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David Vascott

News, Features and Opinion Editor, Solicitors Journal

Quotation Marks
In a fair and liberal country such as the UK there should be plenty of room to accommodate a plurality of opinions

Whose human rights are more important, yours or mine?

Whose human rights are more important, yours or mine?


Under the law, should your right to express your opinion – be it on politics, the environment, abortion, or anything else – trump my right to go about my business unhindered, whether or not I happen to agree with your opinion?

On the face of it, such a potential conflict of interests seems absurd. Surely, in a fair and liberal country such as the UK there should be plenty of room to accommodate a plurality of opinions and to protect the public from any undue interference in their daily lives.

And yet the Public Order Act 2023, which received royal assent in May, seeks to strike a balance between precisely those two rights. Our cover feature this month, written by Emelia Bezant-Gahan, analyses the act, its implications for the right to protest and competing human rights issues.

Has the government struck the right balance? The bill was ping-ponged between parliament and the House of Lords multiple times as MPs and lords and the government clashed over the extent to which police should be empowered to shut down demonstrations – even those that are, arguably, at an embryonic stage. 

The police, it should be noted, never requested these powers. As our cover feature explains, the new act may simply snarl up regular police work as officers are waylaid by a surge in arrests and the knock-on effects upon both police time and the availability of local custody suites. It may require significant government investment in policing to accommodate effective enforcement of the new law.

And that’s before we even discuss the impact on protesters themselves. Secondary legislation has also since been passed, with regulations that lower the threshold for what kind of protest activity is considered “serious disruption”.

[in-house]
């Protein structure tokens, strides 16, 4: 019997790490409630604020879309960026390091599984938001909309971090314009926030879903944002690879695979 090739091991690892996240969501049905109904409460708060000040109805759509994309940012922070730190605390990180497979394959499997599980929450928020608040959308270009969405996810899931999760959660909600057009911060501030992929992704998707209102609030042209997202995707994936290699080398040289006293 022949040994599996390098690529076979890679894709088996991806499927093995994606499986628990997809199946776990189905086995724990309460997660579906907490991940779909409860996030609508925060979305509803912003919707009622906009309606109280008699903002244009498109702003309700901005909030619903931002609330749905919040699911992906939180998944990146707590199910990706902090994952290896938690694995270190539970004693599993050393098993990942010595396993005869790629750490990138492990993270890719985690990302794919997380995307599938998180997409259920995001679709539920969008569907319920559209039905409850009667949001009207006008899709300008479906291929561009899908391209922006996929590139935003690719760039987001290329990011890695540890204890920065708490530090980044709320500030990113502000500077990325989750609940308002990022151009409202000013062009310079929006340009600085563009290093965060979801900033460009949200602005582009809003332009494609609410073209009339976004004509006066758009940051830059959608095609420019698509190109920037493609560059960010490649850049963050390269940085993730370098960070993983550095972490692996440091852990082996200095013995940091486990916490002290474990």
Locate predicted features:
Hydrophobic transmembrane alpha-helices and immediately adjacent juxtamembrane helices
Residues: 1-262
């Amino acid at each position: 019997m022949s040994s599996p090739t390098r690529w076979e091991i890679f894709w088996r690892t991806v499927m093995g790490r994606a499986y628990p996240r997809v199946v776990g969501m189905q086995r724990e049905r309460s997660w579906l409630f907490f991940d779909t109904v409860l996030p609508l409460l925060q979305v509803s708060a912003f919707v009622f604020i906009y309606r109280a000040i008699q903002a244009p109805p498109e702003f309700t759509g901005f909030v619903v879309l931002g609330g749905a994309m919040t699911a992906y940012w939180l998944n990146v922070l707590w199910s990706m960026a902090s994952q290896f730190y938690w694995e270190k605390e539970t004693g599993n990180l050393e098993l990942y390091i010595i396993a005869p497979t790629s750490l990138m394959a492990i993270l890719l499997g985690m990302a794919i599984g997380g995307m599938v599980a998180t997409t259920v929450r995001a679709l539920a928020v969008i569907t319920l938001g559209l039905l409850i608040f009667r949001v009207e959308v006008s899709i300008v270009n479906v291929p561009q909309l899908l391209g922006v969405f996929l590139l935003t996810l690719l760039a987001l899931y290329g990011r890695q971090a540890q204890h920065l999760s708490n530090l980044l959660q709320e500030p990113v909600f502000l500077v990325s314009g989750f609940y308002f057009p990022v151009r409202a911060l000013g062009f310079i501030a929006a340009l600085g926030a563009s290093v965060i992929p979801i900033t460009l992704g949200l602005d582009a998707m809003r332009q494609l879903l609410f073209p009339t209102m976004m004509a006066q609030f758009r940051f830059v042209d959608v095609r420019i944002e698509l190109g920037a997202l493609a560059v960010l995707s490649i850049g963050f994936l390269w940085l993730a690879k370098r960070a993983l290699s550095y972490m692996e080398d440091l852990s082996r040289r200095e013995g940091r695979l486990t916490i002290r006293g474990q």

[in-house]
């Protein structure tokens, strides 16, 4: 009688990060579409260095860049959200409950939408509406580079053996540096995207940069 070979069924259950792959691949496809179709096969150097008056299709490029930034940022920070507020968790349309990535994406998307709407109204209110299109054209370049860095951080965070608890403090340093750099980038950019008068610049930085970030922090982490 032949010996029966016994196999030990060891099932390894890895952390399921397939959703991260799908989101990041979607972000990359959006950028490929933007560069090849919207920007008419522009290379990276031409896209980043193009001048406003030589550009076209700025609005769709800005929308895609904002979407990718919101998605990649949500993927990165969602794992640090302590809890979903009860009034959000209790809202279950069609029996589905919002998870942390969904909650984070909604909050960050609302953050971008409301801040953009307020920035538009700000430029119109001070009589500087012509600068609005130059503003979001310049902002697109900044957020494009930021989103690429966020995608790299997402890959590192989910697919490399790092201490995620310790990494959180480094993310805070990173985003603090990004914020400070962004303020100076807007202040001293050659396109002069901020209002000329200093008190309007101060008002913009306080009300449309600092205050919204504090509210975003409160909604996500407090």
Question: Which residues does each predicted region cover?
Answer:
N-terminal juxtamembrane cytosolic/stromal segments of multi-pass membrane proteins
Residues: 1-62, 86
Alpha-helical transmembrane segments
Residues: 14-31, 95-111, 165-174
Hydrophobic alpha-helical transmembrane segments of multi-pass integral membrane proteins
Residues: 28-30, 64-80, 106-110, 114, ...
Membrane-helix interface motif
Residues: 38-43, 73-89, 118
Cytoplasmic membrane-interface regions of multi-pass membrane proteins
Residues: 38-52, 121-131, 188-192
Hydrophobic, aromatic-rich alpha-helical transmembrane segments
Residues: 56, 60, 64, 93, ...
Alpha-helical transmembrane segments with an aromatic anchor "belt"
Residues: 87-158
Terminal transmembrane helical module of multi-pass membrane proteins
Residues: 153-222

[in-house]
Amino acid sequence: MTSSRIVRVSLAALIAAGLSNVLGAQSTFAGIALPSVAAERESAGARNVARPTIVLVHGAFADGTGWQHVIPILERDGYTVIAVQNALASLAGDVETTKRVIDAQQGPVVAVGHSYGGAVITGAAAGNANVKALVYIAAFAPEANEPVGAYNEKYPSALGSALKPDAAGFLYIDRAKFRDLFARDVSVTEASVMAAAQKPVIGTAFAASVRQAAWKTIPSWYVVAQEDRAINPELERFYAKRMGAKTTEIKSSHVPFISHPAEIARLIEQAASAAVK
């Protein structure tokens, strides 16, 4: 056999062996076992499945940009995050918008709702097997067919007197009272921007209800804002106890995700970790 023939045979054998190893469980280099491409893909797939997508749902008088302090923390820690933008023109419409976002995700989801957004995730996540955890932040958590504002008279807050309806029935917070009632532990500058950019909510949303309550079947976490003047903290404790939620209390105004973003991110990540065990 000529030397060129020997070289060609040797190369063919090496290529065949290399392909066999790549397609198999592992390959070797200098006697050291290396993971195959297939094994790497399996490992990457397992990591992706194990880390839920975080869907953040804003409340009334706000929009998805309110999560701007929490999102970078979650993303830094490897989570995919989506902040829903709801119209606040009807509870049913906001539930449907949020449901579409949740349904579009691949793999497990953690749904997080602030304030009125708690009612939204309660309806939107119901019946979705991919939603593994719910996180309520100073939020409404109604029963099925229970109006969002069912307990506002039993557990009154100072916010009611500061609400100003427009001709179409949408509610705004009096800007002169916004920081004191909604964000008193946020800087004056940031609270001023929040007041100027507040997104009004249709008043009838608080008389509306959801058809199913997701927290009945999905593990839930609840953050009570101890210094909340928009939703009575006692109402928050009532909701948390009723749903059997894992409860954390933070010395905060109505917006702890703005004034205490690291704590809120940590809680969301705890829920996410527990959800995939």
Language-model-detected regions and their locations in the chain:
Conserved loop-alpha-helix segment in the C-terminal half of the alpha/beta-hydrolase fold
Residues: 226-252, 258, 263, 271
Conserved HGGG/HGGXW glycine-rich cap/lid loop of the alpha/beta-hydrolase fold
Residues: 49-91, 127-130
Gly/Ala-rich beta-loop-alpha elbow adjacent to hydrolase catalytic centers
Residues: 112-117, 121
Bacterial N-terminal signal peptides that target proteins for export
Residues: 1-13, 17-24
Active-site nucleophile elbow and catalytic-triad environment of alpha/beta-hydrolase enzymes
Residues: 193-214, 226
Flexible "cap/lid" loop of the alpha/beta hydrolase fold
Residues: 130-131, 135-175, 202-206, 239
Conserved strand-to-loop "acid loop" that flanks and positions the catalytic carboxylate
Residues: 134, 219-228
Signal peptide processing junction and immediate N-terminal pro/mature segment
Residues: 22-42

Whatever one may feel about protesters slow-marching down motorways, many would argue a line is being crossed when police are permitted to impose restrictions on, or prohibit protests which cause, “anything more than minor” hindrance to the day-to-day activities of others.

The fact that David Cameron’s former director of communications, Camilla Cavendish, described the (then) bill in the Financial Times as an “affront to a civilised society” suggests that this isn’t, necessarily, a party-political issue either. 
Elsewhere in this issue, we have a feature on the Financial Reporting Council’s proposals for overhauling the UK Corporate Governance Code (p32). Paul Brehony argues they are a backwards step from what was first envisaged.
On p40, Jennifer Dickson examines the Law Commission’s review of the laws on the financial consequences of divorce. She argues that while the current law may be sufficiently certain for couples who can afford legal representation, the situation is unclear for the majority of couples who cannot.

Linzi Bull and Sarah Everington, meanwhile, examine proposed reforms to surrogacy law in the UK (p28). They argue that while societal attitudes towards surrogacy may have changed in recent decades, “the current surrogacy laws in the UK are outdated, inadequate and, quite frankly, discriminatory”. 

And on p36, Matthew Briggs considers the tax implications for employees and employers when employees work abroad – particularly since the Covid-19 pandemic, which brought about significant changes in working patterns.

This month’s edition also features an interview with leading international lawyer and author Philippe Sands KC. On p48, he talks about his new book, The Last Colony, and discusses the intersection between public international law and environmental law.